Frequently Asked Questions

Increase revenue, productivity, and customer satisfaction/loyalty with 7x faster page load time. Decrease cost with 50% less bandwidth and energy.

 

Where does the software sit and why?

On Linux®, the software sits as a module in Apache™ or Java™. On Microsoft®, the software sits as a module in Apache™ or Java™ or Microsoft® IIS. All platforms provide support for modules so that additional functionality can be added to the Web server. The additional functionality that Squash Compression provides requires intercepting the HTML responses to optimize for speed, and handling requests for CSS, image, and Javascript resources, so the software must be installed as a module. You can also view a visual of the [url=/sites/default/files/Location-of-Squash-Compression-in-the-Stack.pdf]Location of Squash Compression in the Stack[/url].

 

Does the software interfere with anything?

No. The software ignores any requests for HTML, allowing them to be handled by the existing processing pipeline, which could consist of ASP.NET, CGI, PHP, etc. The response is intercepted to optimize for speed. Squash ignores all other requests except for those to a .sc extension: CS.sc for CSS, IS.sc for images, and JS.sc for Javascript.

 

How long does it take to download the software?

The software comes in a small package that has a size of about 1 megabyte. If you are on a high-speed connection, it should only take a few seconds to download.

 

Images are already compressed. How can you say that you compress images?

Individual images cannot be compressed. In fact, trying to compress them usually increases the file size. However, a Website, on average, contains 29 images on each page. Those 29 images contribute to an overall look and feel of the site. Therefore, they usually share a lot of the same qualities, such as color, hue, saturation, etc. Since the software composites those 29 images into one image, the image encoding algorithms can find much more repeated information, leading to greater compression. The file size of one compressed composited image is up to 87% smaller than the total file size of 29 individual images.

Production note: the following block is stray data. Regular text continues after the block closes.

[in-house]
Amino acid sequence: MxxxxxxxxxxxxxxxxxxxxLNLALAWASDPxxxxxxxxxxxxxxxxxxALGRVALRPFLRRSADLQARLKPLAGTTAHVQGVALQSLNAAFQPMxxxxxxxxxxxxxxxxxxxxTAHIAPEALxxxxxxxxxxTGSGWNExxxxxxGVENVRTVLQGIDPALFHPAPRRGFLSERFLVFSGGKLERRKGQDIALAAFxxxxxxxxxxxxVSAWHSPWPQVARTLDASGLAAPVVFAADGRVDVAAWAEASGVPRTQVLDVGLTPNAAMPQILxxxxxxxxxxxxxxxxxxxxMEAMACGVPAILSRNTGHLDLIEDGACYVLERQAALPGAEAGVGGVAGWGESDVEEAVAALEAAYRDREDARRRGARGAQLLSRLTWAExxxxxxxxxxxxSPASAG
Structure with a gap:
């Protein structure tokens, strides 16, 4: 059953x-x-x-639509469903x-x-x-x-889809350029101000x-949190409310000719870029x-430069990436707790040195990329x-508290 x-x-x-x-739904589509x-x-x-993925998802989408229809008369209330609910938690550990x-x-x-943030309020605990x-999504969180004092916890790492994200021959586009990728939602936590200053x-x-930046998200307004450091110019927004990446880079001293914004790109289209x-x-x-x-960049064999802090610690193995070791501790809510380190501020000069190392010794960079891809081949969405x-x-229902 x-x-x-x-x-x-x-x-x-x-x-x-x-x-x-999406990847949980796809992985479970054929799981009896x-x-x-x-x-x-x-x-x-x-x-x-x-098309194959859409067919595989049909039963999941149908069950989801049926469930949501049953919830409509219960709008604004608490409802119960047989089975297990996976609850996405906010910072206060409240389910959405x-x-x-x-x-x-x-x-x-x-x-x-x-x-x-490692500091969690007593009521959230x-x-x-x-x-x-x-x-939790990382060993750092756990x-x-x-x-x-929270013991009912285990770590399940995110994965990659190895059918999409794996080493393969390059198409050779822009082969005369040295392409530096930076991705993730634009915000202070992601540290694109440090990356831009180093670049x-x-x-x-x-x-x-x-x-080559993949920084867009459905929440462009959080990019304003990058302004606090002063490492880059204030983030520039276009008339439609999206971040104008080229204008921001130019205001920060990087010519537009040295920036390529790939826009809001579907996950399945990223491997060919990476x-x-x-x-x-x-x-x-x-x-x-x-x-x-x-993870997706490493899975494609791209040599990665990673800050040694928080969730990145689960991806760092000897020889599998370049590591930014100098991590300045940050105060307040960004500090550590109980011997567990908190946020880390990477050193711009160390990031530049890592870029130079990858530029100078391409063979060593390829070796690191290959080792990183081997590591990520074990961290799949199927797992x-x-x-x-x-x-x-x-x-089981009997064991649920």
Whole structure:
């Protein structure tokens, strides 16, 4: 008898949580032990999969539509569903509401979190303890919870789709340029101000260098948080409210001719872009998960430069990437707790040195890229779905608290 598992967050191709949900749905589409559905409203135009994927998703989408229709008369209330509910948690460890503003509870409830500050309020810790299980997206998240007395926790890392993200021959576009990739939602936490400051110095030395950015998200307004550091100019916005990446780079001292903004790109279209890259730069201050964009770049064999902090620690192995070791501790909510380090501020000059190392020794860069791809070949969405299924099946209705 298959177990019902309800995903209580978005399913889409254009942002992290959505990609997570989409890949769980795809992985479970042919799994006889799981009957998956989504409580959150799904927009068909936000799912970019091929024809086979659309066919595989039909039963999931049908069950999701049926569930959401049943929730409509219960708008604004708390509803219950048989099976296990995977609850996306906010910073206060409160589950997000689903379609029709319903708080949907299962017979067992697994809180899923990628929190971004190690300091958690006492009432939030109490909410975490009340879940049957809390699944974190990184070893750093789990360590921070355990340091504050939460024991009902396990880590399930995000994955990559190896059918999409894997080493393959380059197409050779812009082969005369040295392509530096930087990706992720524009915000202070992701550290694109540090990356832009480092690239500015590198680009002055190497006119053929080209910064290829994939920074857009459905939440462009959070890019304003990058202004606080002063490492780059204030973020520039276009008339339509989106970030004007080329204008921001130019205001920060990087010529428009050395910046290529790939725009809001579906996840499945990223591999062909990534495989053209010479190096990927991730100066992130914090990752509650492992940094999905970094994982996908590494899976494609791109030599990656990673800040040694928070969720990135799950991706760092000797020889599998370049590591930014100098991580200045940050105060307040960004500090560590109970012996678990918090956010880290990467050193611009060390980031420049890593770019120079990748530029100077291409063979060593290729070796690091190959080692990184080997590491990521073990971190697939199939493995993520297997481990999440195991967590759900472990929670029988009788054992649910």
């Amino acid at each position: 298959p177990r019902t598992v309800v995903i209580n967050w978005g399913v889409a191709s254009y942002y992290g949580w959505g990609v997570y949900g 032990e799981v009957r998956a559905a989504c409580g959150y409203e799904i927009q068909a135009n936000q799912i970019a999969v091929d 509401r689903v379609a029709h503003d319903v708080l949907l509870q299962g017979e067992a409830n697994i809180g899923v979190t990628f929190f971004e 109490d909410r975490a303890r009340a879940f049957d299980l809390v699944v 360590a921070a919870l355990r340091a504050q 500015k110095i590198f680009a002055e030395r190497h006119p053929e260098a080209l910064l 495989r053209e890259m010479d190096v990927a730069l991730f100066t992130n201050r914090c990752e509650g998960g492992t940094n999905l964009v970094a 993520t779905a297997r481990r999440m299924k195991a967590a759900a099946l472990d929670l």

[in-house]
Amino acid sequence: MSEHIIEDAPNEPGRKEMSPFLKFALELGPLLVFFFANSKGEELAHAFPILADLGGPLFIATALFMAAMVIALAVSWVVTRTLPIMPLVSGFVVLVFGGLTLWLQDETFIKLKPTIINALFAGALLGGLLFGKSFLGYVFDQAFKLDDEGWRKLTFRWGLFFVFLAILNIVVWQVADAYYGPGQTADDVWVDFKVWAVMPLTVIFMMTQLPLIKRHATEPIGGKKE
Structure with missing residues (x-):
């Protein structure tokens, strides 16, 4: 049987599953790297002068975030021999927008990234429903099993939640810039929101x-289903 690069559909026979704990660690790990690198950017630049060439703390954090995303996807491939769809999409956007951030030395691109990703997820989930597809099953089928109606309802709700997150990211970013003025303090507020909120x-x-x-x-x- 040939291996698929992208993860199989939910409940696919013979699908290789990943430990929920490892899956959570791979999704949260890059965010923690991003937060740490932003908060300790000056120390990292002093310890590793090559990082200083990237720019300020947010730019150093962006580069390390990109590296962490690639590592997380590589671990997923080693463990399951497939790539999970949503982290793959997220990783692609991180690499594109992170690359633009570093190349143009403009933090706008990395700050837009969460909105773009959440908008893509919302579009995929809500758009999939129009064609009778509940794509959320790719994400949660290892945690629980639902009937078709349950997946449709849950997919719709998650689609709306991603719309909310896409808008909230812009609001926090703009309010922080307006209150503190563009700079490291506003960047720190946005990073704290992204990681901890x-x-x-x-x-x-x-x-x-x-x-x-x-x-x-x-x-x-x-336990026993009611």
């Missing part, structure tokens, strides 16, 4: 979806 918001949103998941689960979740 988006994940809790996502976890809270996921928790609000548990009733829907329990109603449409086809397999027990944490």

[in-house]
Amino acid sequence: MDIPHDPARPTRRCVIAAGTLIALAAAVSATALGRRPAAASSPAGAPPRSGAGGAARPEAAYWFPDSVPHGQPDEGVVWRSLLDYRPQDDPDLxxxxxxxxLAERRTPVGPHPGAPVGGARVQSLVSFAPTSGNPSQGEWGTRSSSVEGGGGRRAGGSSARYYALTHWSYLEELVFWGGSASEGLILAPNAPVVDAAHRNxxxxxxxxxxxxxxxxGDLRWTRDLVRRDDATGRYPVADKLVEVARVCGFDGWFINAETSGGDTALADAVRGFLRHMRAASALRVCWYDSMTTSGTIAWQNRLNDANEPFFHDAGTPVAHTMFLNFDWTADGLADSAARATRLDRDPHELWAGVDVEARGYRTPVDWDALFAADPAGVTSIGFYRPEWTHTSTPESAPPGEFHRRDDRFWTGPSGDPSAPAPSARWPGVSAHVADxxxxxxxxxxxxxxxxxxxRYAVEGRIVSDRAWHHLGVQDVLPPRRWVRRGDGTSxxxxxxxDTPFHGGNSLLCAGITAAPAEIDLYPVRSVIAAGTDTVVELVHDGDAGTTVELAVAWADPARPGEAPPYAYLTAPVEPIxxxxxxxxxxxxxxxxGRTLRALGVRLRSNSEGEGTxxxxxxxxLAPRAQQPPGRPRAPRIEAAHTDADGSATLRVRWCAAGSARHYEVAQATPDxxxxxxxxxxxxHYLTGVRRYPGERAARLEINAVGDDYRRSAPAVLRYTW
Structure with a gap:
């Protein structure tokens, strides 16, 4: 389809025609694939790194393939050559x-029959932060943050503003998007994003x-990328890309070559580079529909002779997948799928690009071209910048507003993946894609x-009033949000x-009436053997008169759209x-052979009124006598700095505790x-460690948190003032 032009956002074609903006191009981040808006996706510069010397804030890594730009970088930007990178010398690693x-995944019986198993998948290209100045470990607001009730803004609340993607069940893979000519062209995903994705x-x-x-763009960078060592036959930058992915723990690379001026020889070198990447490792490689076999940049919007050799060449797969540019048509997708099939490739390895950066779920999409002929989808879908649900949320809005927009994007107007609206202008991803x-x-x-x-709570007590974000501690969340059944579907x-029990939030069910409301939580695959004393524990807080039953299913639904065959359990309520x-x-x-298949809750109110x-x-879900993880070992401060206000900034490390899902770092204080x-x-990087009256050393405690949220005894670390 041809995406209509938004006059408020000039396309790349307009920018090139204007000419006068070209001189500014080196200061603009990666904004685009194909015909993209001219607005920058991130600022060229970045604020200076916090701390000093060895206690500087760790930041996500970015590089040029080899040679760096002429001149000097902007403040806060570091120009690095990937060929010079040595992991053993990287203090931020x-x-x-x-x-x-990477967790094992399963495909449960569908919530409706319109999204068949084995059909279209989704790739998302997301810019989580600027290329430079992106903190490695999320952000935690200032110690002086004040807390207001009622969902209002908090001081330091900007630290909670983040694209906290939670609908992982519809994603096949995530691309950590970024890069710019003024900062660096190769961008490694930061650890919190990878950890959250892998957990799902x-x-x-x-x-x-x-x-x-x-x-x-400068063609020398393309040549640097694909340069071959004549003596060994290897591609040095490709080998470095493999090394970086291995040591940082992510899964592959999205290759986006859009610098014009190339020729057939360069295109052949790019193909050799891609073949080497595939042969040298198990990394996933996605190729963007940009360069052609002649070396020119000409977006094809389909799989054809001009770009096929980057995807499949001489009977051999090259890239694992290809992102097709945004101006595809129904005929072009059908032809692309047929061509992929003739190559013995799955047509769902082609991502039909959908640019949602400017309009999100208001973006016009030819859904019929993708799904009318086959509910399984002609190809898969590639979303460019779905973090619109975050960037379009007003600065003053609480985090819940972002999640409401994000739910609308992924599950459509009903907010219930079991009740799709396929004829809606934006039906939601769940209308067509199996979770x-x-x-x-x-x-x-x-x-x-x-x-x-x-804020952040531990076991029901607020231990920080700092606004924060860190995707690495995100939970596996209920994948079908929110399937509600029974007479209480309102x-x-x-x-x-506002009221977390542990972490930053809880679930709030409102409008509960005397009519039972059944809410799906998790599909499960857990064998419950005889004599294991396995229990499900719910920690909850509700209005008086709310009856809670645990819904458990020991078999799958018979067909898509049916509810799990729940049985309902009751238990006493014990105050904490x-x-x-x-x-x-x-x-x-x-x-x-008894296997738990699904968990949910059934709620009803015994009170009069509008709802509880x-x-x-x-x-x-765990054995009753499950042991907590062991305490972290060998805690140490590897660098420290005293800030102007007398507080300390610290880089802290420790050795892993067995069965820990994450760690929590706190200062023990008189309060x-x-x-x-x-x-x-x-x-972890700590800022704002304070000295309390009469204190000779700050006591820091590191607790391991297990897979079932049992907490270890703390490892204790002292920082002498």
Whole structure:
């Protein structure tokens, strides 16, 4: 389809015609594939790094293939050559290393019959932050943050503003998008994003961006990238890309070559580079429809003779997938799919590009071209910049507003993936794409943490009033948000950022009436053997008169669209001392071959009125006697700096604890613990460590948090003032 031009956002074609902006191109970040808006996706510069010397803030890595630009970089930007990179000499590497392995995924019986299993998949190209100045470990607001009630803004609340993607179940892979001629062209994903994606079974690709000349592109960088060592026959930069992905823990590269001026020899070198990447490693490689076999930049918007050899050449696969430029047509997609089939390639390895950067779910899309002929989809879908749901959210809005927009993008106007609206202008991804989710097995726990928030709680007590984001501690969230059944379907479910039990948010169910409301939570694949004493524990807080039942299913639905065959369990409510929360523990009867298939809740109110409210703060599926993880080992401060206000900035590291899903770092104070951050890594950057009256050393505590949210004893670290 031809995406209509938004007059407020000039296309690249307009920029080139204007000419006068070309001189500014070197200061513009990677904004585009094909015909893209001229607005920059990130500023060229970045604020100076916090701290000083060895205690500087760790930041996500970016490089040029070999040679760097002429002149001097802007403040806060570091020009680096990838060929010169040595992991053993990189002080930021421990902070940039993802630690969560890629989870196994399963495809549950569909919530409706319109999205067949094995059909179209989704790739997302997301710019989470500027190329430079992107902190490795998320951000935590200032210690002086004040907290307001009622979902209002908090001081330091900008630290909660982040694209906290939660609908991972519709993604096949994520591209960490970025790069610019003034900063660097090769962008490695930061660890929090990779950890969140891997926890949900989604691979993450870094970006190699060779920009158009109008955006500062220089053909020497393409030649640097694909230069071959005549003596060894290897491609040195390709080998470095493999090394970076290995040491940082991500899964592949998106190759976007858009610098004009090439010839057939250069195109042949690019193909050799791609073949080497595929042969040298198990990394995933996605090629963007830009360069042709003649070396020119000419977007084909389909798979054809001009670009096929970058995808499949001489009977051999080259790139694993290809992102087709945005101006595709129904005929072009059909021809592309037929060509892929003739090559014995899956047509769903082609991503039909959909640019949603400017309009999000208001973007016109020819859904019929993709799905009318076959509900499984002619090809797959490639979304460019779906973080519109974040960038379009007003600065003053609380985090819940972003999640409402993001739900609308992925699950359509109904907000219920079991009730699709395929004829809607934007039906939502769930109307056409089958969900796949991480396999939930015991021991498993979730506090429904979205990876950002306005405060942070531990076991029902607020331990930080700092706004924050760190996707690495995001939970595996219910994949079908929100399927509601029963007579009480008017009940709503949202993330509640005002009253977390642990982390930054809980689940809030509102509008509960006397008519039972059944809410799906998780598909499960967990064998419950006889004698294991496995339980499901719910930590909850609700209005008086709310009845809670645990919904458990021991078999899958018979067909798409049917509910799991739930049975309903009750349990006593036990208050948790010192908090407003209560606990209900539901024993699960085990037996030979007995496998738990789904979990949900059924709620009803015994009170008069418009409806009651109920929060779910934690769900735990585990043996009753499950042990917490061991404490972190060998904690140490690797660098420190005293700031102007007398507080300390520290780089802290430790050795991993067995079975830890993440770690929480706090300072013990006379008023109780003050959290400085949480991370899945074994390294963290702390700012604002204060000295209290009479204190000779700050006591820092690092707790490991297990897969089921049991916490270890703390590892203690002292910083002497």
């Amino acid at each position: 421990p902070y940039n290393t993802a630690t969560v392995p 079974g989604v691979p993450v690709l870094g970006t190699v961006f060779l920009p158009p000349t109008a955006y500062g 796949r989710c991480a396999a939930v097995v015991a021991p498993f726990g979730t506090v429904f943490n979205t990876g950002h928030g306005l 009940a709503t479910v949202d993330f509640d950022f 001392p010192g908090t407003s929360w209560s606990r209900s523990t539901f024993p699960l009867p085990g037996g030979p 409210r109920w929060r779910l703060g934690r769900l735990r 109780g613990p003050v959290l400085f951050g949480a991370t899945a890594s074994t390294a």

How can you say that you decrease power consumption?

The clients we work with typically fall into one of two categories: Their infrastructure supports their demand, or their infrastructure cannot support their demand and they are considering investing in additional infrastructure. For those where their infrastructure supports their demand, they can, on average, serve their content with half the number of servers. Unplugging those servers decreases electricity, and now that there are less servers generating heat, less electricity is needed to keep the running servers cool. For those where their infrastructure cannot support their demand and they are considering investing in additional infrastructure, they can, on average, serve twice as much content with the same number of servers. Not having to invest in additional infrastructure decreases electricity.

 

How are you different than WAN optimization?

WAN optimization software has to be installed on the server and each end user, and it is licensed on a per-user basis. This works well in Intranet scenarios, where a company knows who their employees are and can install the software on each employee’s computer. However, in Extranet scenarios, there is no way to know in advance who will visit your Website and get the software installed on their computer. Squash Compression only has to be installed on the server, and it is licensed on a per-server basis. Squash Compression benefits all visitors in Intranet and Extranet scenarios.

 

How are you different than a Content Delivery Network (CDN)?

CDNs reduce latency; they do not reduce bandwidth. Let’s say you had a Website hosted on servers in North America. There is a lot of latency for your visitors residing in Australia to get what they need from your servers in North America. Therefore, you could install an edge server in New Zealand that keeps copies of all the resources on your servers in North America. Your visitors residing in Australia would then get what they need from your edge server in New Zealand, reducing the latency of going all the way to North America. Squash Compression decreases bandwidth and naturally decreases latency since 40 resources (1 HTML, 3 CSS, 7 Javascript, and 29 images) are consolidated down to between 3 and 6 (1 HTML, 1 CSS, 1 Javascript, 1 for GIF images, 1 for JPG images, and 1 for PNG images).

 

Can I use the software on a Windows server running Apache and IIS?

Yes. However, only the Websites hosted in IIS will be optimized, and the Websites hosted in Apache will continue to function as-is. While we do have a solution for Websites hosted in Apache on Linux, we currently have no plans to offer a solution for Websites hosted in Apache on Windows.

 

Does the software provide any optimization for traffic sent from the client to the server?

Yes and no. Yes, because the number of requests that the client sends to the server is greatly reduced; No, because the size of each request is not reduced. The software is installed on the server, with no client dependencies, so bandwidth can be decreased from server to client, but not from client to server.

 

How does licensing work if I host multiple Websites?

If you are hosting multiple Websites on a Dedicated or Virtual Private Server, the license is per server, based on the amount of RAM in the server, and you can host an unlimited number of Websites. If you are using shared hosting, the license is per Website.